What does resolution mean? How about ppi resolution?
About ppi resolution, and pixels to inches. What does resolution mean anyway? Let’s look at resolution for high-quality book printing. We pride ourselves on our knowledge of fine, high-quality book printing. This also includes an understanding of resolution. We are going to look at resolution, pixels to inches, and how it may be useful online.
What is the meaning of resolution?
We ask for images that are 300 ppi resolution, AND at the size they will be when printed in the book.
In electronic imaging, it is how we measure quality in accurate image reproduction, by measuring the number of dots per inch. Dots … we used this word because before electronic imaging we used the number of dots per inch. Now you have the answer to “What does resolution mean?” But, there is more to understanding pixels to inches.
How about ppi resolution?
Previously, we used the term dpi, or dots per inch. Now it is correct to say ppi, or pixels per inch. If asked what does resolution mean, you have an answer. Now you know the difference between ppi versus dpi. Let’s look at “ppi resolution.”
When people ask what does resolution mean, they also ask about 72 ppi resolution, or 92, or 300 ppi. This can apply not only to book production, but also to the size the image needs to be to appear on digital devices for web pages, in posts or social media. We don’t want images that are are too high in resolution, as it slows loading time, and it not necessary.
The resolution for printing in 300 pixels per inch, and at the approximate dimensions that the image will be when printed. We ask our clients to provide images at 300 ppi resolution for book printing. But, there is another important measure that is often overlooked. While the image must be 300 ppi or greater, and it also must be at the size it will be when printed in the book. It can be larger.
We can use any size image, but it will print at 300 ppi resolution on press. It doesn’t need to be exact. In fact, if the images are too large in dimension and too high in resolution, it makes them cumbersome to work with when designing a book, but it is not a problem when printing.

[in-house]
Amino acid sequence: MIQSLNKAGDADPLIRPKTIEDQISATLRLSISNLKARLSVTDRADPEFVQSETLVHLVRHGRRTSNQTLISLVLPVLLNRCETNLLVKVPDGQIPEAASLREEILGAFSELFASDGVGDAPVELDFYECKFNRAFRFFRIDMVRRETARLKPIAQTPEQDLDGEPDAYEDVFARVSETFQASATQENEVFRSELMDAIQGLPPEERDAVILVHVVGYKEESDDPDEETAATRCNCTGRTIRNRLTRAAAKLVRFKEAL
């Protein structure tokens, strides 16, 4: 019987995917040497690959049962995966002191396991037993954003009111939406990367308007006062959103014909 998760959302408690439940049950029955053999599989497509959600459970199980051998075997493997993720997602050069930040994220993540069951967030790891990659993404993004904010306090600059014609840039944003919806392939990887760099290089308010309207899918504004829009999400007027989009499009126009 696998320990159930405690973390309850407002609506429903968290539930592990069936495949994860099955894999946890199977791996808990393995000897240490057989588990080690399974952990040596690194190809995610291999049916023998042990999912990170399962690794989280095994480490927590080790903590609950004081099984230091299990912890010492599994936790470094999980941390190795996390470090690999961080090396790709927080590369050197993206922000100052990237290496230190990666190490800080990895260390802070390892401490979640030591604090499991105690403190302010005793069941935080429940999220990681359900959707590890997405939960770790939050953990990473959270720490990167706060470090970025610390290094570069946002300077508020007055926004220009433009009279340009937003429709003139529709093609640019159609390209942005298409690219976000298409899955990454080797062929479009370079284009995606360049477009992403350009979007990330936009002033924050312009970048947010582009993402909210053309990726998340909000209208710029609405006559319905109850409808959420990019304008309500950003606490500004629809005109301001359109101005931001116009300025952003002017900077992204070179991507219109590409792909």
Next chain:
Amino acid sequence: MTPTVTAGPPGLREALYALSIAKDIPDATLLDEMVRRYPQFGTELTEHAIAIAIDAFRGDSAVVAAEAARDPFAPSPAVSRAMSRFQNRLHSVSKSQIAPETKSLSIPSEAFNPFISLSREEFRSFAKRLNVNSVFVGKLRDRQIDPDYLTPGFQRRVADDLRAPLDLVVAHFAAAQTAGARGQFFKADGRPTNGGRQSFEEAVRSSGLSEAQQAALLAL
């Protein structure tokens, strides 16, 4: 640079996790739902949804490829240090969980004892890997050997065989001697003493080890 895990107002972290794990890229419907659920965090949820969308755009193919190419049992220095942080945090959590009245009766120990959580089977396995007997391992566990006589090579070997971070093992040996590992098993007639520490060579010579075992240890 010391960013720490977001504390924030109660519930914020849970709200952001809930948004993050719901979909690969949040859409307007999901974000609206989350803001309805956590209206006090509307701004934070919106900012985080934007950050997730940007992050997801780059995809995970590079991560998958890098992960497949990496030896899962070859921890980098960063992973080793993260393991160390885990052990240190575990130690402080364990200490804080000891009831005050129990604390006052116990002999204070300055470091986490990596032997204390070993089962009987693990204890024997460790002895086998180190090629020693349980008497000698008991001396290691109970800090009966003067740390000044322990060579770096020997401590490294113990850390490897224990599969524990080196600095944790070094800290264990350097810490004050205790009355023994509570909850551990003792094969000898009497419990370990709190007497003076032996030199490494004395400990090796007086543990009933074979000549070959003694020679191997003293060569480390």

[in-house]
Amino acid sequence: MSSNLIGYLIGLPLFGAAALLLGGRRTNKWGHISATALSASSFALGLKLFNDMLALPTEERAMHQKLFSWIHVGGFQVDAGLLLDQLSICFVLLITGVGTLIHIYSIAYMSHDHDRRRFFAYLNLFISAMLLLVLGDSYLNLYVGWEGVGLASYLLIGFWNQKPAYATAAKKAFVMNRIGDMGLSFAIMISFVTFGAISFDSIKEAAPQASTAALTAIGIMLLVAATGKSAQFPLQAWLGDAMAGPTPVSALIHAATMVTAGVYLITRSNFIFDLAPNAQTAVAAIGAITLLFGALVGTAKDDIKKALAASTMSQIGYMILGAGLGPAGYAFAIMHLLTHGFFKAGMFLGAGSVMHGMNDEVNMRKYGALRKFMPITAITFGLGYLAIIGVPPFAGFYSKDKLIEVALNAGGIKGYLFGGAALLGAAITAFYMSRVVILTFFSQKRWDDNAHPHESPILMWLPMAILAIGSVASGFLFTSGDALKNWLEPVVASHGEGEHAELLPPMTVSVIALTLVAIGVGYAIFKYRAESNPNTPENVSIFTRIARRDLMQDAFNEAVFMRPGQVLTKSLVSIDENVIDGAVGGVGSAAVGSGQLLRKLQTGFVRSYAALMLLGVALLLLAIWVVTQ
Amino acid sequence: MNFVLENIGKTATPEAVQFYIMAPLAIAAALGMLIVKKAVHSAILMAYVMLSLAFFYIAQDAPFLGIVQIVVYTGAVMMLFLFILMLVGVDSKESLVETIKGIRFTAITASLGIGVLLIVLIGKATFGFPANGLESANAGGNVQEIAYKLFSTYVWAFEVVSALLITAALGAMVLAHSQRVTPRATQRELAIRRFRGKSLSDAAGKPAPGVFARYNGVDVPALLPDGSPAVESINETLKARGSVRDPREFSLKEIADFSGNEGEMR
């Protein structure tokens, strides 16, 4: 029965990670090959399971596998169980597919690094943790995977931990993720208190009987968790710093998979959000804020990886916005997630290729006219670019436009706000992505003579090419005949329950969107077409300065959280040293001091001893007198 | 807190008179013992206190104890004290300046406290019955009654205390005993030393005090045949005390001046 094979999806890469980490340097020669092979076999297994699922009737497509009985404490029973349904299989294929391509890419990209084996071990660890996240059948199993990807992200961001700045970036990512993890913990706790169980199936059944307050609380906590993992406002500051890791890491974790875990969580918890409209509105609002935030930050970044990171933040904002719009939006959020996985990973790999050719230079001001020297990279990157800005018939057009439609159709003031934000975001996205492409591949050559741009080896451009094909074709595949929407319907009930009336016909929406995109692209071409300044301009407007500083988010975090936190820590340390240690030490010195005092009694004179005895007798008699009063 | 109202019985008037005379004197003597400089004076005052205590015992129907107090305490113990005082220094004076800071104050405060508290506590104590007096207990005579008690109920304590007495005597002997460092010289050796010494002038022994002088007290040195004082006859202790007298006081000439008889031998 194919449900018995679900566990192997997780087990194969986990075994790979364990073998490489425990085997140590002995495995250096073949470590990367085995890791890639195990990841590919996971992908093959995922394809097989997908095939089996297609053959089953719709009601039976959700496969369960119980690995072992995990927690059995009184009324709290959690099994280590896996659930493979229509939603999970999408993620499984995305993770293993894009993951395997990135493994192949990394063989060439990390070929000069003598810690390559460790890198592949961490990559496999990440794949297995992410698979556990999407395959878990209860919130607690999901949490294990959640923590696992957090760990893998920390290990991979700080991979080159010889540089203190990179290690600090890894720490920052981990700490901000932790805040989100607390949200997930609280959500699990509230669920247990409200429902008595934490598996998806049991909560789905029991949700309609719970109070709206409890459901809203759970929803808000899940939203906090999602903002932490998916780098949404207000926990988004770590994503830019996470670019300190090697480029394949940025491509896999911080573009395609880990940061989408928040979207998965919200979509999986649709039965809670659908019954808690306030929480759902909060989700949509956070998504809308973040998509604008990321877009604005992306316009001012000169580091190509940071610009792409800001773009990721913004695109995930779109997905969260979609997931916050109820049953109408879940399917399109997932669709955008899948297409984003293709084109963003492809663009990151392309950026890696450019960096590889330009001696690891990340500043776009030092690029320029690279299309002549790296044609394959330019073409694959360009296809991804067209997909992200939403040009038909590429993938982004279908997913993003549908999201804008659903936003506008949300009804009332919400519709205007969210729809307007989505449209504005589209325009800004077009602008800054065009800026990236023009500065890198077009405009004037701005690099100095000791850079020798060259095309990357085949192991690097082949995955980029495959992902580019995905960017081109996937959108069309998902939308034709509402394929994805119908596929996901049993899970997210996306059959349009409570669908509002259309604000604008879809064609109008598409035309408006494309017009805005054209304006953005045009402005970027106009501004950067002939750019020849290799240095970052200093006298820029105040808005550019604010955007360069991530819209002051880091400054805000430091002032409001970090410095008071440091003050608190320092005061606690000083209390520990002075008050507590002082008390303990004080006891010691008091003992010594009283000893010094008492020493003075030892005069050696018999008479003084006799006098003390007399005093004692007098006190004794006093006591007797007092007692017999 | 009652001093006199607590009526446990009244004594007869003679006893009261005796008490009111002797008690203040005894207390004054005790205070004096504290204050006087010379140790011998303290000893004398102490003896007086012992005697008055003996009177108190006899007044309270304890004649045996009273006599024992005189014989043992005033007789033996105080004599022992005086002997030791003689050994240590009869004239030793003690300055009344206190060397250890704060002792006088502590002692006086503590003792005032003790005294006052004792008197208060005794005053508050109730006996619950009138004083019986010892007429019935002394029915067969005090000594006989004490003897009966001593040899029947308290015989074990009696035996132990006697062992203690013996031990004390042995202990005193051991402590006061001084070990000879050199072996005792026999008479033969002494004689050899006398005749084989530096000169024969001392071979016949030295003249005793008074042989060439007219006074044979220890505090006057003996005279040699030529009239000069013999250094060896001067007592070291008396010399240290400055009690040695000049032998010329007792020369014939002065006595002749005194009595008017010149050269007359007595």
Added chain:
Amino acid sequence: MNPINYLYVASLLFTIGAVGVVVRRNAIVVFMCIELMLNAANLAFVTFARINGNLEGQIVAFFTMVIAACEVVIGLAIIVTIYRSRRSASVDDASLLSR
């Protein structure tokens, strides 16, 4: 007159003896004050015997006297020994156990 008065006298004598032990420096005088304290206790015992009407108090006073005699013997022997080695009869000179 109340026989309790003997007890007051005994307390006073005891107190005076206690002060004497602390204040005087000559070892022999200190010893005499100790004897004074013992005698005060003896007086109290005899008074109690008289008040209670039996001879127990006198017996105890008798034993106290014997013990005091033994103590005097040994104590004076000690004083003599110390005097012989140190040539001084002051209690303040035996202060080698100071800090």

Increasing resolution is a mistake.
There is no substitute for the original image as taken digitally or scanned. Do not artificially increase ppi resolution, even if Photoshop allows you to do it!
One of the biggest mistakes made is increasing the resolution in Adobe Photoshop. You can do it, but don’t. Why? Because Photoshop can’t create resolution in images that doesn’t exist. Instead, they compensate by pulling a little bit of image from surrounding pixels. The result is muddy or out of focus. If you need to increase resolution, go back to the original image to see if you have a higher resolution version. Remember to check dimensions too.
Effective resolution explained.
We’ve designed books where original images were only 72 ppi resolution. Now, how can that work for 300 ppi resolution printing? It does work, because the images were 35 inches wide! They only needed to be a few inches wide on the printed page. By reducing them, we arrived at a acceptable effective resolution.
See how we switch from pixels to inches in this example in Photoshop.
Either get out your calculator and do the math, or check out the Effective resolution in InDesign and the size in Photoshop.
Notice in this stock photo example, that the image size in Photoshop is 3.75 inches x 2.5 inches, or 900 x 600 pixels. (Just change “Inches” to “Pixels”.) It is 240 ppi resolution. To view in Photoshop, select Image > Image Size. This tells us that the image is too big for online, at that resolution, so you would need to adjust it. It looks like it would be pretty small if printed in a book.
Look at the InDesign page …
Let’s hop over to our book layout in InDesign for a better look at answering the question, “What does resolution mean?” The page size is 11 inches x 11 inches in this example. The image dimensions are 3.75 inches x 2.5 inches. We placed the image and then we see how small it is when reduced to an acceptable effective resolution. The resolution changes to 302 ppi resolution, or ppi.
The solution may be to buy a larger image size if using stock photos, or to go back to your original image and see if you have a higher resolution version for the desired size when printed.
Here is what we see in InDesign. The actual 240 ppi resolution, and the 332 effective ppi resolution.
The effective resolution is arrived at by the image being enlarged or reduced. Increase a low res image in size, and you get an even lower resolution image.
On the other hand, used that same low resolution image and decrease the size, and the result is an increase in resolution.
also, you might wonder about the feature image background. When it comes to printing, the top half of the background is a representation of the dots or pixels in an image. The bottom half of the background is comprised of “rosettes” for process color printing. Look closely at any color photograph in a book, and you will se the CMYK process color rosette.
What does resolution mean and pixels to inches? How about ppi resolution? Have we answered your questions? Let us know if you have more questions! Get a book printing quote!